This evening, with incredible humility, I set out once again to guide the story of the battles of San Simon and Katamon to a mixed group of Israeli and Palestinian teens. I have to admit that of all the guiding I do this is the most complicated guiding of all, one that always leaves me feeling unfulfilled, for there is no way to succeed at guiding people who feel so emotionally connected to these conflicting stories without failing.
A few years back, I guided a mixed group like this in the old city. MK Ahmed Tibi; who was one of the participants, came to me after the tour to congratulate me.
“You think it went well?״ I asked him. I, for one, was not feeling so good about the guiding I had just done.
“Yes”, he replied. Then, as if he could read my thoughts continued
— “Had you only upset one side — I would have said you failed. But as you succeeded at making everyone angry… that is a success.”
I took the half compliment, realizing that when guiding Nakba/Independent to Israelis and Palestinians together — one must fail to succeed.
Tonight though, I was even more fearful — Guiding adults is one thing, but I have to admit that guiding impressionable minds, especially on this topic scares the bejesus out of me. I feel an incredible responsibility to both empower each teen in their identity, and at the same time, stay truthful and honest about these complicated truths. I found myself in deep thought throughout the evening, carefully picking my words and terms. Slowly building up the stories so that they might have multiple perspectives, all while wondering when I should even out a narrative with an opposite view and when the disparity in ‘narrative’ is a truth in itself, painful as it may be. At times I felt I was defaulting to my religious Zionist narrative and other times that I was overcompensating on a Palestinian narrative.
I chose to focus on a very complex story, breaking away from the duel narrative to a multi-narrative mosaic of stories; a sure way to confuse even the most intelligent of audiences. I figured it was crucial, less they walk away with more intellectual ammunition that will see them held up in their bastions of self-righteousness and finger-pointing. But — I reasoned, If I could share some of my humility on the issue, That would be a form of success.
So we walked through the battles; Kastel, Dir Yasin, Sheikh Jarach (Hadassa caravan), Katamon and the old city. At each site, we recognized how the courageous battlefield of one side was often seen by the other as a massacre or genocide. Nashshibi and Husseini, Ben Gurion and Menachem Begin — Abed Kader el Husseini and Abu Dyah — Yitzchak Rabin and Yosef Tabenkin — The High Arab council and the Peoples committee.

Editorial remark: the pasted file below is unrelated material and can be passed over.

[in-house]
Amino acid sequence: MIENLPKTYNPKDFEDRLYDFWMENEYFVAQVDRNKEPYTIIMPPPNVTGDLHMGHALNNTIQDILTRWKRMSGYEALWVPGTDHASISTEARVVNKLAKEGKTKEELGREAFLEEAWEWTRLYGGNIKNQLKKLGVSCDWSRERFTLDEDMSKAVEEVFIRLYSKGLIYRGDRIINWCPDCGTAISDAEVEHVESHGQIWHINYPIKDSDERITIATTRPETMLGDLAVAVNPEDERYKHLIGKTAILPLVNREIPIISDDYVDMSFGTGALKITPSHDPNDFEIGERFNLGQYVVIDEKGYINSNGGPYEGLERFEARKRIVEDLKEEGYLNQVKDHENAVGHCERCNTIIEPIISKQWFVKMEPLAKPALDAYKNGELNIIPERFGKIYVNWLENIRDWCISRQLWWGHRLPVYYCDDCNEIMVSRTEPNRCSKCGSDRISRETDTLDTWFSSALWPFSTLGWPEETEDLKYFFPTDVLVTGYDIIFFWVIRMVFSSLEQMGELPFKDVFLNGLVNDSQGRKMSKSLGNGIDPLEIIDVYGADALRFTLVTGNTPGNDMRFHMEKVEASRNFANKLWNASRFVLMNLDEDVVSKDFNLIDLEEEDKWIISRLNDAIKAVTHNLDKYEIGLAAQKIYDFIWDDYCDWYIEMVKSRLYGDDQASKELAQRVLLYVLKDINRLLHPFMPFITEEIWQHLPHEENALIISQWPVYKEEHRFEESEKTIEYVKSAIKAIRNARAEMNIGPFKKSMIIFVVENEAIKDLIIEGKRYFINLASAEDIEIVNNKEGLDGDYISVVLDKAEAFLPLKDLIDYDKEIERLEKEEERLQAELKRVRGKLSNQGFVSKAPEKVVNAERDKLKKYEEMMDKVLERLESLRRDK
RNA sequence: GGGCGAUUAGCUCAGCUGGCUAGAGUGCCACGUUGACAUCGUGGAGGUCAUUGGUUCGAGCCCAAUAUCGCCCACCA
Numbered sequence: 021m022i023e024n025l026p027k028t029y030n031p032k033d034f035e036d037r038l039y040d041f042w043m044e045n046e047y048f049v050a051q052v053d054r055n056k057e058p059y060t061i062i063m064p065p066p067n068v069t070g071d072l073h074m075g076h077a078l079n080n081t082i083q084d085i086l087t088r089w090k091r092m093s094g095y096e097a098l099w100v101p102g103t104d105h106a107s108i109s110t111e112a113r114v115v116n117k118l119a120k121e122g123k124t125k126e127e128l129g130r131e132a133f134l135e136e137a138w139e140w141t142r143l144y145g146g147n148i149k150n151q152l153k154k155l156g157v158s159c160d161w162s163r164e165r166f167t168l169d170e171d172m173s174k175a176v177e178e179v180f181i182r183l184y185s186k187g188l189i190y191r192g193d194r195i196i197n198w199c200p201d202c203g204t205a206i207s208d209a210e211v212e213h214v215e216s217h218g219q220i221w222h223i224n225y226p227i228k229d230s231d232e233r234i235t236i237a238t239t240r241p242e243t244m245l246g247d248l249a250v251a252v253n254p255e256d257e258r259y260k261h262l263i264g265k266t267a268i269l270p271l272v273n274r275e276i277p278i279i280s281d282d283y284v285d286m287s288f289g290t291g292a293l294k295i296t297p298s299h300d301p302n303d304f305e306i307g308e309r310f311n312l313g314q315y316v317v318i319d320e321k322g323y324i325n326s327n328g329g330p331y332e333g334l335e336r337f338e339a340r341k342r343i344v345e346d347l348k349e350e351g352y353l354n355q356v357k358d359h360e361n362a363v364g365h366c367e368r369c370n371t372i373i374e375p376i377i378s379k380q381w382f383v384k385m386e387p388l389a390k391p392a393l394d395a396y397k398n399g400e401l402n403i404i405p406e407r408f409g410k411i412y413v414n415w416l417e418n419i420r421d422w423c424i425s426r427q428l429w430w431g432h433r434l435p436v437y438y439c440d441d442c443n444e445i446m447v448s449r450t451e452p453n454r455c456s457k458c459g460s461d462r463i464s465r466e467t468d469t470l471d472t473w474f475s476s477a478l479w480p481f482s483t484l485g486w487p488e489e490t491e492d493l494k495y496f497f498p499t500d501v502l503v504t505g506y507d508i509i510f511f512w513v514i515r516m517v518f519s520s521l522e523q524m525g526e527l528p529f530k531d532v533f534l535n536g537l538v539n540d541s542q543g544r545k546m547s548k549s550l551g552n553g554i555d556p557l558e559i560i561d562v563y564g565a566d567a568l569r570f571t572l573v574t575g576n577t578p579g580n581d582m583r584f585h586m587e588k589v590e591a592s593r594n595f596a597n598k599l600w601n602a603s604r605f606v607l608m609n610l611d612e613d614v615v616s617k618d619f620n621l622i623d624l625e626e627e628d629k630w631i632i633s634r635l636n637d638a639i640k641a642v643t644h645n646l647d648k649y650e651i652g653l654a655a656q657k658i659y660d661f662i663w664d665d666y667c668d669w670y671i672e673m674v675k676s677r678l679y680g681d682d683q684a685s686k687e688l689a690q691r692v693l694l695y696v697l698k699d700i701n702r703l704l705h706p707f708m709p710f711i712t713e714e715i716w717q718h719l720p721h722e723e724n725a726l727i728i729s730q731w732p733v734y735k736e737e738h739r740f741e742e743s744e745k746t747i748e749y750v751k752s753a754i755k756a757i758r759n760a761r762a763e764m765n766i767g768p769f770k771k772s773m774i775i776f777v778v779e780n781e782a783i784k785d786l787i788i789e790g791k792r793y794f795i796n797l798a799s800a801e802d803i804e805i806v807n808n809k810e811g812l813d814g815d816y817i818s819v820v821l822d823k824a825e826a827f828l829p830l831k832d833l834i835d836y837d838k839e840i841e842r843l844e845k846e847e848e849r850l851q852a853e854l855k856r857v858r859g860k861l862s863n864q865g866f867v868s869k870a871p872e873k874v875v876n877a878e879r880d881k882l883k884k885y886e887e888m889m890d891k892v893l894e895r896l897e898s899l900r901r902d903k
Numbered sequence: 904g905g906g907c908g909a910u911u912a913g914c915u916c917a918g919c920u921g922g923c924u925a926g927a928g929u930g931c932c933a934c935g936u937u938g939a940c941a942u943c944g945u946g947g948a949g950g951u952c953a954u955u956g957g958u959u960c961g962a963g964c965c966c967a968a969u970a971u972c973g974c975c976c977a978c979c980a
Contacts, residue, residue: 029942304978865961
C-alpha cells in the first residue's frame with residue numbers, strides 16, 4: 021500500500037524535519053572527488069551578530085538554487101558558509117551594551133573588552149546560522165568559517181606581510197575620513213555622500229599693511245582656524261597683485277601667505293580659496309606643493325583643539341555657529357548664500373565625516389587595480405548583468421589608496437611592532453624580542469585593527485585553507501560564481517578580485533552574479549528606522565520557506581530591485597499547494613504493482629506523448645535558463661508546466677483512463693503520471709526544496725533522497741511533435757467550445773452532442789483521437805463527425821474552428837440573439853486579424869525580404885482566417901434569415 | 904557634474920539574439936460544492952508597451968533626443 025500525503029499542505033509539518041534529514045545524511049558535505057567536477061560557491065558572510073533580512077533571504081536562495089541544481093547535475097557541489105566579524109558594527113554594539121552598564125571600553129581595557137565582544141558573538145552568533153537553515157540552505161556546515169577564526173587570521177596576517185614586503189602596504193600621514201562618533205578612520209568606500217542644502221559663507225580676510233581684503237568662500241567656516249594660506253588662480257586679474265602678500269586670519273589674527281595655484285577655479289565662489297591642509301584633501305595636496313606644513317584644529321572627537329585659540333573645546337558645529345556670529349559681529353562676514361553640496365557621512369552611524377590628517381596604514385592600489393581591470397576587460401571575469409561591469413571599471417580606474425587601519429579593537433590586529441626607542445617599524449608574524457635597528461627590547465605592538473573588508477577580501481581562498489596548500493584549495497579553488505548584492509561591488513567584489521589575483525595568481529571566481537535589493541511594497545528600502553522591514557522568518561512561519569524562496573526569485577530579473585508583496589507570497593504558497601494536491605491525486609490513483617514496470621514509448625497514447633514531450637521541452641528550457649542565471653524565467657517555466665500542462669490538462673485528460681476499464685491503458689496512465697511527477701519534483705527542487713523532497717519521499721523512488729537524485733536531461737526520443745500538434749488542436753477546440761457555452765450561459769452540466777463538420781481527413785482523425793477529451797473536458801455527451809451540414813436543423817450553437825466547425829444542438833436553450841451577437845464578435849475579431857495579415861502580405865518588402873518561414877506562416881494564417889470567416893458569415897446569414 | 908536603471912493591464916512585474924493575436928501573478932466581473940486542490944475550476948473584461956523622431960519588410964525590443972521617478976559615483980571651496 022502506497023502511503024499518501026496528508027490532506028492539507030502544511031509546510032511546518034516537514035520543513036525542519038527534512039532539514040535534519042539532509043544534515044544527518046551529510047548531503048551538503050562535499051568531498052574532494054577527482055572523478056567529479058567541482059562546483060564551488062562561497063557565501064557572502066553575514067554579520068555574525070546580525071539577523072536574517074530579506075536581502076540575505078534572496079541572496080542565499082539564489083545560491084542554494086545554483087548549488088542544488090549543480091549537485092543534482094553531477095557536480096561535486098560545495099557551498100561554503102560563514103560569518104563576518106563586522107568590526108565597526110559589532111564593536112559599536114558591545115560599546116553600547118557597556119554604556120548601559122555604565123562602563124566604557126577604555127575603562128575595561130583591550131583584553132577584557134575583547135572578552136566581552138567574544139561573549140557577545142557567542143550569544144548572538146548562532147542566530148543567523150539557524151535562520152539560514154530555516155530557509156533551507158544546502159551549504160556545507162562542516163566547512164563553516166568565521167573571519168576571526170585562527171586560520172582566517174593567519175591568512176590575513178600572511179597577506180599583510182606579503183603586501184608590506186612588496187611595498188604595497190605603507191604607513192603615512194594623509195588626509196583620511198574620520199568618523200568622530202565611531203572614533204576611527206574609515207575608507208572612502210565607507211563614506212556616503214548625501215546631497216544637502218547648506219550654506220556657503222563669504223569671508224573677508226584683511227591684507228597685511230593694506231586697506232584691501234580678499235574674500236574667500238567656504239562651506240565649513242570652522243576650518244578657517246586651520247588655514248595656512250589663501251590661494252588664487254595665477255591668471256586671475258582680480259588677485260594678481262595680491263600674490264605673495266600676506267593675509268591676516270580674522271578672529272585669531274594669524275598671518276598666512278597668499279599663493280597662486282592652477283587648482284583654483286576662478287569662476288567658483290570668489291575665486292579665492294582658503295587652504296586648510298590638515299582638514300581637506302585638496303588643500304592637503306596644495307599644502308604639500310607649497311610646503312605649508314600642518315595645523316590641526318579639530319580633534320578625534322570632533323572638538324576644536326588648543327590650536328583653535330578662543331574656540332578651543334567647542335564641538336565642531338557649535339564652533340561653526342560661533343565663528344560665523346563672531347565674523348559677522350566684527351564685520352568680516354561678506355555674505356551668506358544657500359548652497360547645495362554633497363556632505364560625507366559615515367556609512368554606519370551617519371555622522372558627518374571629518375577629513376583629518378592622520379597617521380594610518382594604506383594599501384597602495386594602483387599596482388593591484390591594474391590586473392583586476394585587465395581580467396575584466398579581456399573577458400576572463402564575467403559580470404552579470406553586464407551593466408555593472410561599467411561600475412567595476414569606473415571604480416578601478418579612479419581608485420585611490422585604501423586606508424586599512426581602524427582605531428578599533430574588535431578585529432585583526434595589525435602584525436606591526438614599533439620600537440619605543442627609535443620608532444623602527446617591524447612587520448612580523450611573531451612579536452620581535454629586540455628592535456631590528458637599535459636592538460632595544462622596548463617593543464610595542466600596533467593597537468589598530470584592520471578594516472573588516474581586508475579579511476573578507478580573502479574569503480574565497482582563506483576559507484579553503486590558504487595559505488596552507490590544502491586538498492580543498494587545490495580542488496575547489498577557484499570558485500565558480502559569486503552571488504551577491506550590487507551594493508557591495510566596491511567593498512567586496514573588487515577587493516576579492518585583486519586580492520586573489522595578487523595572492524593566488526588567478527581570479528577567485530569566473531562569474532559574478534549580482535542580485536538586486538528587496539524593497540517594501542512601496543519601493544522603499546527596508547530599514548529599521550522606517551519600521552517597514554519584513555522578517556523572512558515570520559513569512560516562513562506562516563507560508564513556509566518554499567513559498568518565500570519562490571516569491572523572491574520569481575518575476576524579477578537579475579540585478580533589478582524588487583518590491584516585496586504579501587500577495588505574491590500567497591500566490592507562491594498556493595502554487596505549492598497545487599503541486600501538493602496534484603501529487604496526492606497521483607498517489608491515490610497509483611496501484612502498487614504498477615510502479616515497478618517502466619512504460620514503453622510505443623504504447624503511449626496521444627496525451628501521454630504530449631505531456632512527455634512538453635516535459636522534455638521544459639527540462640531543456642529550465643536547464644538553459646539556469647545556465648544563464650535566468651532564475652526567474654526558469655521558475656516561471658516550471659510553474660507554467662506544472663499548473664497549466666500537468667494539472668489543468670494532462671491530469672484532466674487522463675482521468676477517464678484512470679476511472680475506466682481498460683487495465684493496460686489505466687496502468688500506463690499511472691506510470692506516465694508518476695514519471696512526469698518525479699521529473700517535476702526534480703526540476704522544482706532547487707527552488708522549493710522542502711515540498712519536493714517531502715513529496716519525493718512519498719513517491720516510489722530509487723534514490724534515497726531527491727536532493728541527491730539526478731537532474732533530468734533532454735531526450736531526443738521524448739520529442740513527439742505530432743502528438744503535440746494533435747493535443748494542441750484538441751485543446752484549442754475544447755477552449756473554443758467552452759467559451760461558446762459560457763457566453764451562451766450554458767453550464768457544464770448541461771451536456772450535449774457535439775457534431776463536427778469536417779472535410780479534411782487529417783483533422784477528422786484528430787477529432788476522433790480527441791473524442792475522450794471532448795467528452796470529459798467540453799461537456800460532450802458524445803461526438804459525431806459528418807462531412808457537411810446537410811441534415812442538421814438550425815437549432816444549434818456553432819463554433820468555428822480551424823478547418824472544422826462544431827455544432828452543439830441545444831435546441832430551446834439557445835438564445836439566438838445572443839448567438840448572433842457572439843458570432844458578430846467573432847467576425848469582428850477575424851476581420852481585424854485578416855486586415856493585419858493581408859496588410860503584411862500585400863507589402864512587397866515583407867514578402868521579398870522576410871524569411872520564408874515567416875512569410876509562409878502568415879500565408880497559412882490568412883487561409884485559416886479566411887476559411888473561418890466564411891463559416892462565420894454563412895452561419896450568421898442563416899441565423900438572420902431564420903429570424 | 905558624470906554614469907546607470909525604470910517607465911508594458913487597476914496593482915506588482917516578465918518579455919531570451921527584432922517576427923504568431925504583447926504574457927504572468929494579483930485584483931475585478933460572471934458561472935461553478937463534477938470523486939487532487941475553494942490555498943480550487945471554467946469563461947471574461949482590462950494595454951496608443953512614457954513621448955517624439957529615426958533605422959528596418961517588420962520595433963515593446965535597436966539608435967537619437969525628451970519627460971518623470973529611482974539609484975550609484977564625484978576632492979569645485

We sit down in a park to try and unpack some of what we just heard — we are short on time, so I ask each one to leave us with one question or comment.
“Why do the Israelis feel it’s ok to kick us out of our homes in Katamon?” One Palestinian girl wonders
“I feel that Israelis can self-critique while the Palestinians can only critique Israel” An Israeli girl shares.
“What next?” A Palestinian boy leaves lingering in the air.
I don’t respond — this is for their staff to follow up. Instead, I leave them with questions of my own. Are the stories we told tonight important? Why? What role do and will they play in our societies — What role should they play in this group — will it/how is it going to affect the relationships in this group?
I walk away feeling uncertain. One Palestinian teen comes up just before he leaves to go home — “I can’t believe that Yitzchak Rabin was 25 years old when he commanded the Har’el Brigade — that is sooo young!!”
He says in excitement. “How old was Tabenkin?” — he wonders of the Jewish hero of the bloody battle. I don’t know, I reply — but promise to get back to him later about it. I smile at his enthusiasm — not precisely the detail I had hoped for him to remember of the other’s narrative — but I guess we all have to start somewhere.